COS+H2 O→CO2 +H2 S

Cu(OH)2.CuCO3 +2H2 S→2CuS+CO2 +3H2 O

and so will be available for further hydrolysis.

Indeed, with conventional zinc or iron absorbents, it has been found that the addition of water to the gas stream is desirable in order to maximise the amount of sulphur that a given volume of absorbent can absorb. Addition of water to hydrocarbon gas streams however is desirably avoided because of the risk of formation of hydrocarbon hydrates which, at high operating pressures, may separate out and cause blockages in pipelines. In contrast, we have found that there is no need to add water where the absorbent is a copper compound as specified above.

The fluid being treated may be a hydrocarbon stream, e.g. natural gas, substitute natural gas, natural gas liquids, naphtha, reforming gases, for example hydrocarbon streams such as propylene separated from the product of cracking naphtha; synthesis gas produced, for example, by the partial oxidation of a carbonaceous feedstock; organic compounds such as alcohols, esters, or chlorinated hydrocarbons; or other gases such as carbon dioxide, hydrogen, nitrogen, or helium.

In order to maximise the absorption capability of a bed of absorbent, it is preferable to operate the desulphurisation process using two beds in series. By this means it is possible that the first bed can become fully saturated with sulphur compounds before unacceptable sulphur compound break-through occurs into the effluent from the second bed. When the first bed is fully saturated, it is replaced with fresh absorbent and the order in which the fluid being treated passes through the beds is reversed. Thus the partially saturated bed that was the second bed gas is now used as the first bed through which the fluid passes and the fresh bed becomes the bed through which the fluid passes after passage through the partially saturated bed.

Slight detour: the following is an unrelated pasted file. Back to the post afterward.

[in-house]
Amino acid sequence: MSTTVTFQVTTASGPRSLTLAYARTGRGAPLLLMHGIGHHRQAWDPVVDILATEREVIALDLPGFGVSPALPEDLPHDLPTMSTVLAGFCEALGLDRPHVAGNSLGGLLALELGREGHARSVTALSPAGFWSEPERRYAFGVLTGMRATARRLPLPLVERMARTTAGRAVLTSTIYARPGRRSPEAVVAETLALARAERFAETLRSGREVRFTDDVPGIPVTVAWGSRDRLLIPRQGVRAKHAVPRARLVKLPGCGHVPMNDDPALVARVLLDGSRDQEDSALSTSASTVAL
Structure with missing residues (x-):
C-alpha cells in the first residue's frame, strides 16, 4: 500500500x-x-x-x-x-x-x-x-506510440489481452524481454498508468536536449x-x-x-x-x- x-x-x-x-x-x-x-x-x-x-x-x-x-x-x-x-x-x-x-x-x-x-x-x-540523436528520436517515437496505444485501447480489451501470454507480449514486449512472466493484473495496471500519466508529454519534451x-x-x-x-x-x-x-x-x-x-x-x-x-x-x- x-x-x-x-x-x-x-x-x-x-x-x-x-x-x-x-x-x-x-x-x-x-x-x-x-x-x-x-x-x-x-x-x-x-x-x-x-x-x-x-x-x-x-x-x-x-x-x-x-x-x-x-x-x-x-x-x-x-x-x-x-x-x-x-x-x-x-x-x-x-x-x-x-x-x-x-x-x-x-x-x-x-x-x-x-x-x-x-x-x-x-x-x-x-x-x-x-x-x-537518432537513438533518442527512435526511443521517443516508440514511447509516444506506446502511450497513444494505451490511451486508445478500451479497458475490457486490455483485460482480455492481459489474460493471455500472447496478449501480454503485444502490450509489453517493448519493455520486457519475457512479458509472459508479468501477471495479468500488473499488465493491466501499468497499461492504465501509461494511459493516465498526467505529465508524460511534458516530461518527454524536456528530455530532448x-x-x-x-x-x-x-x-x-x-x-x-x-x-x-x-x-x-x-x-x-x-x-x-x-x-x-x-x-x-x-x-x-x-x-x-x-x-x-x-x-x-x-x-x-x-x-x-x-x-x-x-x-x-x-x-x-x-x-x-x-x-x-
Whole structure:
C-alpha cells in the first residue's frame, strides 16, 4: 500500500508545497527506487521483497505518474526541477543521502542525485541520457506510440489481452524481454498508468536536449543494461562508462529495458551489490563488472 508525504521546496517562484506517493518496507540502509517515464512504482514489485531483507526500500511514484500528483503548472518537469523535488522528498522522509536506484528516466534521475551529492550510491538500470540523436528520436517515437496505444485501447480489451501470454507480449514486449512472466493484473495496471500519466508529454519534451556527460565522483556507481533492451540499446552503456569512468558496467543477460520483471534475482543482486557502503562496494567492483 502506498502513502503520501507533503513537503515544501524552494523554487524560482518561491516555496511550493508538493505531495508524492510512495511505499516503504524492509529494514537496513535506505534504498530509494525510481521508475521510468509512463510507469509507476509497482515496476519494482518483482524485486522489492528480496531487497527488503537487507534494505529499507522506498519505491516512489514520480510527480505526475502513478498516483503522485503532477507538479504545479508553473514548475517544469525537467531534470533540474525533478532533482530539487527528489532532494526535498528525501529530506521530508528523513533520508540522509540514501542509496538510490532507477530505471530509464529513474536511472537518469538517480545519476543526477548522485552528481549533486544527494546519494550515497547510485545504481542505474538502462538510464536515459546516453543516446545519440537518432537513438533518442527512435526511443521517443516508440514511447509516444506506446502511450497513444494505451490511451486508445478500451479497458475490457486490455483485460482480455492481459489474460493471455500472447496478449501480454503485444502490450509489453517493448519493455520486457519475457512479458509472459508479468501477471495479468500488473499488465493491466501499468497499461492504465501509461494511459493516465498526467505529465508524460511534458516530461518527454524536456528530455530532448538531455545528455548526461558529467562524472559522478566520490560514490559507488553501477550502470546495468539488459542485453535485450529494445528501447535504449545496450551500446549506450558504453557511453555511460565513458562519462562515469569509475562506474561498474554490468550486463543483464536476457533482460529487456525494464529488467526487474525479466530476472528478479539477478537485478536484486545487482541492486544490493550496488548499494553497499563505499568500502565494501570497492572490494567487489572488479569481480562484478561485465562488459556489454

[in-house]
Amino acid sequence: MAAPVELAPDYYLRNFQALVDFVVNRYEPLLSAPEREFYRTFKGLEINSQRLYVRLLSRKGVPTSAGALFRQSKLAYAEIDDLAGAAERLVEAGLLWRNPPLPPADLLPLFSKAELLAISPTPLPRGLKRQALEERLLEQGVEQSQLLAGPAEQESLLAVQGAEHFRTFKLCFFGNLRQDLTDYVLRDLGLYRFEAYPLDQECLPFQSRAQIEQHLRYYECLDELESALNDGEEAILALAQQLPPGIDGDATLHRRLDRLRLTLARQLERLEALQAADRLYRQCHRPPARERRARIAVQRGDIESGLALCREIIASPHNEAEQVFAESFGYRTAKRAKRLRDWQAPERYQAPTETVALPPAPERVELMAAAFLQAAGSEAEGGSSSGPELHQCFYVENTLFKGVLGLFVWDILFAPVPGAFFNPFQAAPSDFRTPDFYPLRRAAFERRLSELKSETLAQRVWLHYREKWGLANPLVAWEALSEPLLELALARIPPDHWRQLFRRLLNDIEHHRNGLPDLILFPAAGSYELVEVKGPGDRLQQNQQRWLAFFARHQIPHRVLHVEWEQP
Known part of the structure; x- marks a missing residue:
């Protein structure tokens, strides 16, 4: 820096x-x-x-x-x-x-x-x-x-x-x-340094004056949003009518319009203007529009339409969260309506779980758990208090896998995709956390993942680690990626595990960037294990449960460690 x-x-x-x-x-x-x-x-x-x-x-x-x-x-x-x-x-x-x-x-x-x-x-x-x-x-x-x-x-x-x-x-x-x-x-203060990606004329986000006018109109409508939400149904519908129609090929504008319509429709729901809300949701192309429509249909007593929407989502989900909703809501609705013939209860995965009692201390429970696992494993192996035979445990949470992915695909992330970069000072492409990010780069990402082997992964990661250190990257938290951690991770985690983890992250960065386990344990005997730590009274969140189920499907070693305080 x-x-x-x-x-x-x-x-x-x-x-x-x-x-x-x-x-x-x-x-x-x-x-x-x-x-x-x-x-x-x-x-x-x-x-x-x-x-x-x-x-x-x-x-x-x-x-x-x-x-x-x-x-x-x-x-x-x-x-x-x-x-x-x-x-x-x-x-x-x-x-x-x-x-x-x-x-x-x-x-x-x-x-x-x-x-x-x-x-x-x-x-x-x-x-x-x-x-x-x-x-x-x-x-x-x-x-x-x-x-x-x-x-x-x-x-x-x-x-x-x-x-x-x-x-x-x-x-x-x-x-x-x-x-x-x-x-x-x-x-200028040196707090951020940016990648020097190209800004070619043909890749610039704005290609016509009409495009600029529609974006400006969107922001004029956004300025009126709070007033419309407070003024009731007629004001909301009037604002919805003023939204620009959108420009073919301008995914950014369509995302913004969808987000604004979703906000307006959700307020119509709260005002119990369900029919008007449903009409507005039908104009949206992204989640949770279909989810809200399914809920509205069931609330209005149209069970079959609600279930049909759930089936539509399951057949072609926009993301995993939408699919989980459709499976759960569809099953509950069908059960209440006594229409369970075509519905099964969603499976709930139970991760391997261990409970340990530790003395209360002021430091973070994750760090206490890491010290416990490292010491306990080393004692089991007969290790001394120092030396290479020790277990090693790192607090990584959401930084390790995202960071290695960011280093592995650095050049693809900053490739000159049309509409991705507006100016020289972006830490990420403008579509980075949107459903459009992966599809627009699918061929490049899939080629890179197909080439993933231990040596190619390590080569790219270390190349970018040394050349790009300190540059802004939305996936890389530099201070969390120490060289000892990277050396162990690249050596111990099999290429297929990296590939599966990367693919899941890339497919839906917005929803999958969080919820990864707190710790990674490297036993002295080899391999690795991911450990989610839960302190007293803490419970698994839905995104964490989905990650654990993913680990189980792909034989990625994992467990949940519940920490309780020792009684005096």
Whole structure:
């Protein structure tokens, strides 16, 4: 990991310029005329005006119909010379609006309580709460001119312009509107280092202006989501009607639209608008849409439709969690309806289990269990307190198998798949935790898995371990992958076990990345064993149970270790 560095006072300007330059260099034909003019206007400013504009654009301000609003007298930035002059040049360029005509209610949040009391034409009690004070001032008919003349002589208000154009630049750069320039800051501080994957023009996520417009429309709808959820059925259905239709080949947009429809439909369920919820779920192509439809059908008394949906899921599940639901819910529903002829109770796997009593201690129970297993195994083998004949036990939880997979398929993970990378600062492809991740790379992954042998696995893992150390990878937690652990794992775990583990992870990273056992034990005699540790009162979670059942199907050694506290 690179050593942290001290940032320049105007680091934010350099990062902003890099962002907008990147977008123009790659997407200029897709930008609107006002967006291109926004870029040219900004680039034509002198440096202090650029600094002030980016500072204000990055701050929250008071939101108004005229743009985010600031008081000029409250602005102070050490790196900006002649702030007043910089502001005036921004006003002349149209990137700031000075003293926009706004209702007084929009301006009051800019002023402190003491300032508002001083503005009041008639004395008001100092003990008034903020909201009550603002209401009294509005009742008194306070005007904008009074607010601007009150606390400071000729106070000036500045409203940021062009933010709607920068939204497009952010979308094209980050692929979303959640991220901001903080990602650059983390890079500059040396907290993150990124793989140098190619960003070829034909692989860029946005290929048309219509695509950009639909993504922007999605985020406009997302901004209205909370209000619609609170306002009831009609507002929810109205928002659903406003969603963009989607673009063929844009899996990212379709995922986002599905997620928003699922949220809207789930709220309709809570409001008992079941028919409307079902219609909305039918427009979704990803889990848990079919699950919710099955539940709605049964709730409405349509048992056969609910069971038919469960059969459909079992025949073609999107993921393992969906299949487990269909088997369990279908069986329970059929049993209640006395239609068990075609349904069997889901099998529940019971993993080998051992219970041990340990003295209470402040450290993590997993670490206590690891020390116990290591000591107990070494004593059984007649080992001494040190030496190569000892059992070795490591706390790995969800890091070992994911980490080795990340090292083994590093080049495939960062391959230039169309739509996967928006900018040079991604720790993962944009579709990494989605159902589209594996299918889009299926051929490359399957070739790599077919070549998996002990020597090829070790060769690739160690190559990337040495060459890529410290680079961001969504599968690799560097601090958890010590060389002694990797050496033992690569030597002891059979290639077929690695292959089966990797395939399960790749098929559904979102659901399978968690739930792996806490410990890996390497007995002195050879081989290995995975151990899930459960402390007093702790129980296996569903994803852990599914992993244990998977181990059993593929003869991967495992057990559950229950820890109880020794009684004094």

The invention is illustrated by the following examples in which samples of basic copper carbonate (malachite) powders of differing particle sizes and particle size distribution as follows were employed:

______________________________________                                   bulk density D10         D50                D90           of powderPowder (μm) (μm)                (μm)                      D90 /D50                            D10 /D50                                   (kg/l)______________________________________A     1.5     7.6    14.4  1.9   0.2    1.34B     1.7     8.0    15.1  1.9   0.2    1.36C     3.0     7.6    12.6  1.7   0.4    1.46D     1.9     4.4    8.7   2.0   0.4    0.63E     1.1     4.2    7.1   1.7   0.3    1.30______________________________________

The bulk density (BD) was assessed by charging the material under test to a 100 ml measuring cylinder until the measuring cylinder, after tapping the side thereof to permit settling of the material, was filled to the 60 ml mark. The weight of the material in the cylinder was then determined.

EXAMPLE 1

Shaped units in the form of agglomerates were made by mixing 93 parts by weight of the appropriate basic copper carbonate powder with 7 parts by weight of calcium aluminate cement powder and a little water, insufficient to give a slurry, and the mixture formed into roughly spherical agglomerates the bulk of which had approximate diameters within the range 3-5 mm using a laboratory granulator. Agglomerates of size within this range were separated from the remainder of the composition by sieving and then dried at 110° C. for 4 hours. The dried agglomerates made from powders A, B, and C had bulk densities in the range 1.33 to 1.37 kg/l, but the agglomerates made from powder D had a bulk density of only 0.85 kg/l, indicating that it was desirable to employ a high bulk density powder in order to obtain high bulk density agglomerates. Samples of other basic copper carbonate powders of high bulk density but of larger particle size (D10 16.9 and 25.1 μm, D50 26.8 and 41.7 μm, and D90 44.8 and 74.3 μm respectively) gave only low yields of agglomerates of the desired size.